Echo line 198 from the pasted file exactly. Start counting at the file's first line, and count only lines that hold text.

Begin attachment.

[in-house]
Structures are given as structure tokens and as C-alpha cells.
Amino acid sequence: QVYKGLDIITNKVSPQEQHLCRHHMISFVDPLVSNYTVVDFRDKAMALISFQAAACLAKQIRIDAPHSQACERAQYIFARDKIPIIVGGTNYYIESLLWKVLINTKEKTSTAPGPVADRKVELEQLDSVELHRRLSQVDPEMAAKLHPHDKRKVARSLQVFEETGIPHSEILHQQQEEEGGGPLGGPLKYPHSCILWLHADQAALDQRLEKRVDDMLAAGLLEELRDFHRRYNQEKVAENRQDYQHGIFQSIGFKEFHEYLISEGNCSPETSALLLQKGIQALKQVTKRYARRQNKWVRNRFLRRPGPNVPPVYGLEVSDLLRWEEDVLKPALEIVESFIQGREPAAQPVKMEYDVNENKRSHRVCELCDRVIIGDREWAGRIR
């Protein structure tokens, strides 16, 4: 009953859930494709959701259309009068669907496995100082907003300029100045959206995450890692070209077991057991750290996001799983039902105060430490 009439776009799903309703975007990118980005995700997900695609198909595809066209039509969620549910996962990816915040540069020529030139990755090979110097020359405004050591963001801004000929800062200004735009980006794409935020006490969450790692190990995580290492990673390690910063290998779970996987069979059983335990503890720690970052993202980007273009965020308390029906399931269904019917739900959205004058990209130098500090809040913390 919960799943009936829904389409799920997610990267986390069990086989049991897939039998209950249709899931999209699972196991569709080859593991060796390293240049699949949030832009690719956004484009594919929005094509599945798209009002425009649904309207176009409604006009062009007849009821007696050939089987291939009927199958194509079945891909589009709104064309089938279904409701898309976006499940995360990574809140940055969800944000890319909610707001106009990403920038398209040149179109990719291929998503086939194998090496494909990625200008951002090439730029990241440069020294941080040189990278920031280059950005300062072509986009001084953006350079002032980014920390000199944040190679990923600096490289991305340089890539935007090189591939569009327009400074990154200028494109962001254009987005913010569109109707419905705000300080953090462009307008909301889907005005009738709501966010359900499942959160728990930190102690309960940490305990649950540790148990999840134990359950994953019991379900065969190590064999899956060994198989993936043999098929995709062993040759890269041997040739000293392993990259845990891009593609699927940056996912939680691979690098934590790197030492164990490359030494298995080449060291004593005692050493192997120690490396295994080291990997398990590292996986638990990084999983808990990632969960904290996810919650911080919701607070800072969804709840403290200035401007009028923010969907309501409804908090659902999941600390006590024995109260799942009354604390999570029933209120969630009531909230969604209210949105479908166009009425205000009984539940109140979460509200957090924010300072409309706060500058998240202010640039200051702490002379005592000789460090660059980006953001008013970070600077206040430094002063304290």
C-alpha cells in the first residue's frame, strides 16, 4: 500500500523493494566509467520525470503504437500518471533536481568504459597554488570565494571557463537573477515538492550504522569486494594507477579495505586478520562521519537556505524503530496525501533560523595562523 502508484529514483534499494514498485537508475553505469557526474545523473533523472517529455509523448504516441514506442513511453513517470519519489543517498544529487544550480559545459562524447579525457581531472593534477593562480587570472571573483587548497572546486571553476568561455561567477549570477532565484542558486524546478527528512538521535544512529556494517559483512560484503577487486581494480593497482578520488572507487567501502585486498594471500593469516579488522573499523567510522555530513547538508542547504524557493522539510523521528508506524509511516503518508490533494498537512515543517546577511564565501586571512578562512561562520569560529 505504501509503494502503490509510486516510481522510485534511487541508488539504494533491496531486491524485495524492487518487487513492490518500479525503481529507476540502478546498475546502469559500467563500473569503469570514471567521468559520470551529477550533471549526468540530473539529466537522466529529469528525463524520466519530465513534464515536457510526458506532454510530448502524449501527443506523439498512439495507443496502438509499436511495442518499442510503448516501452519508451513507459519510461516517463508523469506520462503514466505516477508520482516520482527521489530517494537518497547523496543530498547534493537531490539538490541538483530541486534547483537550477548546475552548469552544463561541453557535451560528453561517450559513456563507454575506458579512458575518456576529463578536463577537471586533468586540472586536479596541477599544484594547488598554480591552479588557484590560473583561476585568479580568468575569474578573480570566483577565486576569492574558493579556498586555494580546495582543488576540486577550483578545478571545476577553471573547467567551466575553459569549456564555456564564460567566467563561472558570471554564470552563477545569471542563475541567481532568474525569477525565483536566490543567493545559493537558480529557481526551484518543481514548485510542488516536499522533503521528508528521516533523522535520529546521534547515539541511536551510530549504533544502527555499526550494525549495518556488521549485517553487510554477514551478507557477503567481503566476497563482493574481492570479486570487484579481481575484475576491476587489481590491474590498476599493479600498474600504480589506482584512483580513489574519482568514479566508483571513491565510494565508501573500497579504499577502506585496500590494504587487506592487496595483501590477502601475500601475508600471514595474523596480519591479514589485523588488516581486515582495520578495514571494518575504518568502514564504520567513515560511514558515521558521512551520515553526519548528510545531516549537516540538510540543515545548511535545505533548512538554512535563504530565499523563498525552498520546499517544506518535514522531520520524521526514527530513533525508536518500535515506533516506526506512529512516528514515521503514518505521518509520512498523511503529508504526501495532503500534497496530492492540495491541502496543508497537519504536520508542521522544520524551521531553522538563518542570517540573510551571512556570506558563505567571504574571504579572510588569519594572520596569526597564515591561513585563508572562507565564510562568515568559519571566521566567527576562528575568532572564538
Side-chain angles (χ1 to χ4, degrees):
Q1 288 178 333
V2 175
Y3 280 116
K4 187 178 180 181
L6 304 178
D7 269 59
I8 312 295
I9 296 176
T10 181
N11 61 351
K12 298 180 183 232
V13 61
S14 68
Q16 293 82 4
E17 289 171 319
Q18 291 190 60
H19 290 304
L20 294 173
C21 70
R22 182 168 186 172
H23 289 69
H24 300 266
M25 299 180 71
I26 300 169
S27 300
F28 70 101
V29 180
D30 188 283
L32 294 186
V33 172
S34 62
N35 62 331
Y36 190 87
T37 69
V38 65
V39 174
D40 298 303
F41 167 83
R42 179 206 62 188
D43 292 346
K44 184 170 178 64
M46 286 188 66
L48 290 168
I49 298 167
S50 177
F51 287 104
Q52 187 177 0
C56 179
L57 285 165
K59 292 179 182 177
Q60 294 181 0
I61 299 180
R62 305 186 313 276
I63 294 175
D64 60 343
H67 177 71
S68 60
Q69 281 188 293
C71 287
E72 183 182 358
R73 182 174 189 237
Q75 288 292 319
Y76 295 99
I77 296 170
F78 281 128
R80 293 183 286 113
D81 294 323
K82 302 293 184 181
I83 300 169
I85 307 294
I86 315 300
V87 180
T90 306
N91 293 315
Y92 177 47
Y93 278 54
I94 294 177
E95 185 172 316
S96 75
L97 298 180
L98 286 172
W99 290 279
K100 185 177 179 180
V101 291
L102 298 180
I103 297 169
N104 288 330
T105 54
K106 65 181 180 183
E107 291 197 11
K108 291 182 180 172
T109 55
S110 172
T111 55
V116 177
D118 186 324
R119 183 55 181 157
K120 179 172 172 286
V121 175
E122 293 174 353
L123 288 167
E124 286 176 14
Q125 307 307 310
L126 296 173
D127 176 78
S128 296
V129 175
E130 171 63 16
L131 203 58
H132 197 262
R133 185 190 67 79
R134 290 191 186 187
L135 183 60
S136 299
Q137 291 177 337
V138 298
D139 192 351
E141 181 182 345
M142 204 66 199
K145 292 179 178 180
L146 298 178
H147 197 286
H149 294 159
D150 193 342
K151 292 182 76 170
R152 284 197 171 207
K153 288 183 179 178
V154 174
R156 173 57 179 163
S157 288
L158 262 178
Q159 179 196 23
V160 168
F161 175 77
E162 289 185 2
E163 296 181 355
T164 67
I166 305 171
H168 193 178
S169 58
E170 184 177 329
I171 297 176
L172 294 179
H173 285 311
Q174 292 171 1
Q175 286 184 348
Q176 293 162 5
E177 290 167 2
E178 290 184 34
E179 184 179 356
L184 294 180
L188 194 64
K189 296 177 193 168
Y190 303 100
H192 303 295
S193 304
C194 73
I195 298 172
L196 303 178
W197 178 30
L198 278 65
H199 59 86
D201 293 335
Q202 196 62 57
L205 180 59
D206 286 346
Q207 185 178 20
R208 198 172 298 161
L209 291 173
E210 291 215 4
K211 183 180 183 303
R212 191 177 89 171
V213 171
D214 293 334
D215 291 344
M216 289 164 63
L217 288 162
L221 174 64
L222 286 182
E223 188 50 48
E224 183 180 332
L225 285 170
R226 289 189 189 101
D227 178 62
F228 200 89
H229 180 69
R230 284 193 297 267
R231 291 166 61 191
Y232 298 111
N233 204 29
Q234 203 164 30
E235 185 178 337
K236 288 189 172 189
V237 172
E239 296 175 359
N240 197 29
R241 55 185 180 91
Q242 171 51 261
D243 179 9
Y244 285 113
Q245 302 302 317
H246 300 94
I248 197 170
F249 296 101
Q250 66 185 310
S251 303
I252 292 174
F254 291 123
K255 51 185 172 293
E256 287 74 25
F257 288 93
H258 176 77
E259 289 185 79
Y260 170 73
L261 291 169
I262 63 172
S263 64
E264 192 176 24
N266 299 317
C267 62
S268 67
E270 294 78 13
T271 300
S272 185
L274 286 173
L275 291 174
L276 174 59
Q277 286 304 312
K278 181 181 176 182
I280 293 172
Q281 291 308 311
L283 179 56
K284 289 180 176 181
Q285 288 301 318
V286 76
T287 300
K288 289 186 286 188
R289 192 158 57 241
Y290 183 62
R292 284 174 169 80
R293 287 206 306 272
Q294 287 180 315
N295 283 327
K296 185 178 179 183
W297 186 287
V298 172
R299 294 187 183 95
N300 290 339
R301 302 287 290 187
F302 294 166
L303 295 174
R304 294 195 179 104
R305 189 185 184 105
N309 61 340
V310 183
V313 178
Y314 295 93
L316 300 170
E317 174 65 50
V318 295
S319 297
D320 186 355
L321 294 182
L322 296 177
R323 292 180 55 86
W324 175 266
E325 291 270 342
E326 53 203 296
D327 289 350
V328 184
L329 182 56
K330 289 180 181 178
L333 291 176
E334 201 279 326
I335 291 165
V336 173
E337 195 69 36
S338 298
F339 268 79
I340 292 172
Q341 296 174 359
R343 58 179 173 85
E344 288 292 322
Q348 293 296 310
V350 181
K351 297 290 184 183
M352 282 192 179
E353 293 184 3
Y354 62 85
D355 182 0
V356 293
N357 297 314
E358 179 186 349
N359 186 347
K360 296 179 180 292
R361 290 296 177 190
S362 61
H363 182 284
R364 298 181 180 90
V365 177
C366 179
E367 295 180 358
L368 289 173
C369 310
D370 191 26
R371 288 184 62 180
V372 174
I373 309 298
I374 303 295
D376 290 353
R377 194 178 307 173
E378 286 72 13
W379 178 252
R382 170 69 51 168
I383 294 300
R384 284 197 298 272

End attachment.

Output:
E235 185 178 337